Dr. Justin Henry Rubin © 2005
Microtonality is not a genre, or a technique, or a style. It has as many interpretations, modes of expression, and techniques as tonal music. In order to understand microtonal principles, we must first distinguish the multitude of perspectives that microtonal composition can take.
Composers interested in intonation systems other than the standard equal-tempered one practiced in the Western Classical tradition, particularly numerous Americans composers, including Harry Partch (1901-74), Benjamin Johnston (b. 1926), LaMonte Young (b. 1935), and Kyle Gann (b. 1955), seek to utilize the more scientifically accurate acoustical relationship between pitches based on the natural harmonic series.
Others, such as the Mexican composer Julián Carrillo (1875-1965) and the Czech, Alois Hába (1893-1973), initially began their work by subdividing the equal-tempered scale (based on 12 semi-tones) proportionally into quarter-, third-, eighth-tones, or even finer gradations. These scales (with 24 steps if quarter-tone, or 48 if eighth-tone) are then applied to largely traditional forms, with the extended interval palette enhancing expressive subtleties of melodic and harmonic configurations. Carrillo's work culminated in his full length, quarter-tone Mass, while Hába's opera, The Mother (also in quarter-tones) is perhaps the most exhaustive implementation of a microtonal harmonic system of its type in the literature.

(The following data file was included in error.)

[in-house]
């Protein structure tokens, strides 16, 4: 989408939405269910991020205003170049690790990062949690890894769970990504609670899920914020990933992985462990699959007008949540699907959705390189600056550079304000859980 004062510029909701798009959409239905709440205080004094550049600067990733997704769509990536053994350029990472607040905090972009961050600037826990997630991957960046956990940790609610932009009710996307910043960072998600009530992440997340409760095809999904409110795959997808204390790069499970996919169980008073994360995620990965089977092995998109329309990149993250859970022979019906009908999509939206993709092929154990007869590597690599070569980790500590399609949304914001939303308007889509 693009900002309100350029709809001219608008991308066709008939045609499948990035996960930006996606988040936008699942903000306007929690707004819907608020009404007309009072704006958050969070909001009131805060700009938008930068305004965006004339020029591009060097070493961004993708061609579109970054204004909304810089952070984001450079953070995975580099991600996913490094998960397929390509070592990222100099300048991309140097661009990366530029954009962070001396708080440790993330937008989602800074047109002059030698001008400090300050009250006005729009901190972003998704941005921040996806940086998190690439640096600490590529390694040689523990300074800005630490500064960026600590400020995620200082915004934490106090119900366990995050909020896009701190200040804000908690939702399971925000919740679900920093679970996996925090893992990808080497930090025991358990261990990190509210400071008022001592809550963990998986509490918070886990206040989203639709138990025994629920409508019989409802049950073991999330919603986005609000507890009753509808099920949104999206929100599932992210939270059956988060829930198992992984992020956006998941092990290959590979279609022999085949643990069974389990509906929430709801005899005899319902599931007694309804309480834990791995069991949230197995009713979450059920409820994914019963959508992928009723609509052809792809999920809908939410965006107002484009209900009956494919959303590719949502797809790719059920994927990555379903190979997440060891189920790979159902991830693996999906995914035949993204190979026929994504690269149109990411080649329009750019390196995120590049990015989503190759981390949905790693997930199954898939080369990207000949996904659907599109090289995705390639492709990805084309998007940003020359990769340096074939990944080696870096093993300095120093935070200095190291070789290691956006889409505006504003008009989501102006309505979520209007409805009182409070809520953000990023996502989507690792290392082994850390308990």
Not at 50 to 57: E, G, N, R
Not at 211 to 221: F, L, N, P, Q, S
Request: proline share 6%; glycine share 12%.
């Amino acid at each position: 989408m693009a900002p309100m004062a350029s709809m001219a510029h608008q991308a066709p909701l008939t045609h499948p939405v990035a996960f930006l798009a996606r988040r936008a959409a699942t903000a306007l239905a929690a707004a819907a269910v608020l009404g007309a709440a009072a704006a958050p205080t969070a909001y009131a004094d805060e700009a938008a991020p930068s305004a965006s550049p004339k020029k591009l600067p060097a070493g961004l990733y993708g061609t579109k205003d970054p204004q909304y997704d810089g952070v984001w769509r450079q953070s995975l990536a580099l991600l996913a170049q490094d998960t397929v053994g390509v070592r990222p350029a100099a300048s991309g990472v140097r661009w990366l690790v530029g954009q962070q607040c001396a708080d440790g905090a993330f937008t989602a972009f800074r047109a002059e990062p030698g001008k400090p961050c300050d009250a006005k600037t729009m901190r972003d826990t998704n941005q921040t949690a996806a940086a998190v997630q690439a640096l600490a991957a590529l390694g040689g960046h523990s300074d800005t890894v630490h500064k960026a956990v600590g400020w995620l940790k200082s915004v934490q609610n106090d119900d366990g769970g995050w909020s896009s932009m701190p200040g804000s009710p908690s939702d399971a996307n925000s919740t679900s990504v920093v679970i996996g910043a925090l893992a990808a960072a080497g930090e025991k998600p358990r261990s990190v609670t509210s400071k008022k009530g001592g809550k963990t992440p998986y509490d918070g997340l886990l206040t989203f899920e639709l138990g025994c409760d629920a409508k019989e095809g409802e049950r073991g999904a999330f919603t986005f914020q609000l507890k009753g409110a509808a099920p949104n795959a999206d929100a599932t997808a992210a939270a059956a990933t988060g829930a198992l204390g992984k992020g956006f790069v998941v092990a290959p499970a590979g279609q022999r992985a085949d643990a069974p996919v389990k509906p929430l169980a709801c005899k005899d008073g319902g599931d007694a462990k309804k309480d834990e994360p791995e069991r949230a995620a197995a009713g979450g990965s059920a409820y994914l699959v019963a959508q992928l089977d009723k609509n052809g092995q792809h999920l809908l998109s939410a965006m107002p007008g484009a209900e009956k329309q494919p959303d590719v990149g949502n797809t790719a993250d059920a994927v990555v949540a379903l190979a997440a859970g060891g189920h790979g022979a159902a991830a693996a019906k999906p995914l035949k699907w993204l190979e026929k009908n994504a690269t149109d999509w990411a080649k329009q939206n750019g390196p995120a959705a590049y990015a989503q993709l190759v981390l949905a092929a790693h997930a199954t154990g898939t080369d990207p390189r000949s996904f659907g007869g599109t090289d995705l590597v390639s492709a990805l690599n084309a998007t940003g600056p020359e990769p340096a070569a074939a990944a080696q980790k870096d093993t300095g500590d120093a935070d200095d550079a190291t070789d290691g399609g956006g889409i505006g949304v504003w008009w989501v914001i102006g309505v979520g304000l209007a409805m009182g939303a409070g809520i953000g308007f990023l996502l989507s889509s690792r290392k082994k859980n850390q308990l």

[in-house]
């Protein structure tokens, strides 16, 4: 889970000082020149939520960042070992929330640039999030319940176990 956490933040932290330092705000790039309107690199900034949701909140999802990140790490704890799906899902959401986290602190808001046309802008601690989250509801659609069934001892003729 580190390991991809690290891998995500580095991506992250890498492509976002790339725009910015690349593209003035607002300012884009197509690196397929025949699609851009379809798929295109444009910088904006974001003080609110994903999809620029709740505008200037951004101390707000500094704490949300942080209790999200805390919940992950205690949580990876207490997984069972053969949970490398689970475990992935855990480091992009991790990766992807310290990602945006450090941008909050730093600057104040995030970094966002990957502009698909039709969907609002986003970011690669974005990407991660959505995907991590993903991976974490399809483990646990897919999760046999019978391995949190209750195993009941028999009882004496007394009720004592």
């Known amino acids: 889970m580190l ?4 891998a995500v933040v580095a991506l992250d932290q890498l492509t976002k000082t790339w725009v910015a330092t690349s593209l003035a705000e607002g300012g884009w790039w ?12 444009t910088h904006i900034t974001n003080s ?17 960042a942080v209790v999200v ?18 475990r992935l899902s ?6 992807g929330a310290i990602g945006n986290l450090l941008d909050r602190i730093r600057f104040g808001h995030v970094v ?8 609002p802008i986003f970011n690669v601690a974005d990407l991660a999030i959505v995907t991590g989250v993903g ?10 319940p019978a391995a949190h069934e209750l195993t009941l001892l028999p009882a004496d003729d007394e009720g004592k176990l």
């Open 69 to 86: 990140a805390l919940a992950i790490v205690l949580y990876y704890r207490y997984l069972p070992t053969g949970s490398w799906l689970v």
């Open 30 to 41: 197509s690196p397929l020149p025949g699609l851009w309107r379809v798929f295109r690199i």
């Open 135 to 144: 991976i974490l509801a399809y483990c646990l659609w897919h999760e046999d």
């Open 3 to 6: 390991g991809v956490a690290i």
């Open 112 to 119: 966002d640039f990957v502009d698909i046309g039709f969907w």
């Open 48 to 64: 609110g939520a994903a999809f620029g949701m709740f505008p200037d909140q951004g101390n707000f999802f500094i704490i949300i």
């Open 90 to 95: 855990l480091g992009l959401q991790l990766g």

The quintessential American maverick composer, Charles Ives (1874-1954), first explored the possibilities of microtones in a holistic fashion in his Three Quarter-Tone Pieces for Two Pianos. In this case, the two performers play on pianos that are equal-tempered, but a quarter-tone apart from one another. Therefore, in order to achieve an integrated melodic and harmonic conception for the compositions, the two performers and instruments had to be conceived as if one. When he scored this work he avoided any need for a particular microtonal notation: in effect the part for the pianist with the re-tuned instrument is similar to tablature since the microtones are not indicated, but sound when the correct keys are depressed. John Eaton (b. 1935) found another solution with his Microtonal Fantasy: scored for one performer, two pianos are placed at ninety-degree angles to one another (and tuned a quarter-tone apart) so that they could be played simultaneously. Others working with pianos (including the aforementioned Carrillo) have experimented with stacking keyboards, altering the layout of the keyboard, or changing the pitch designation of the individual keys within the octave.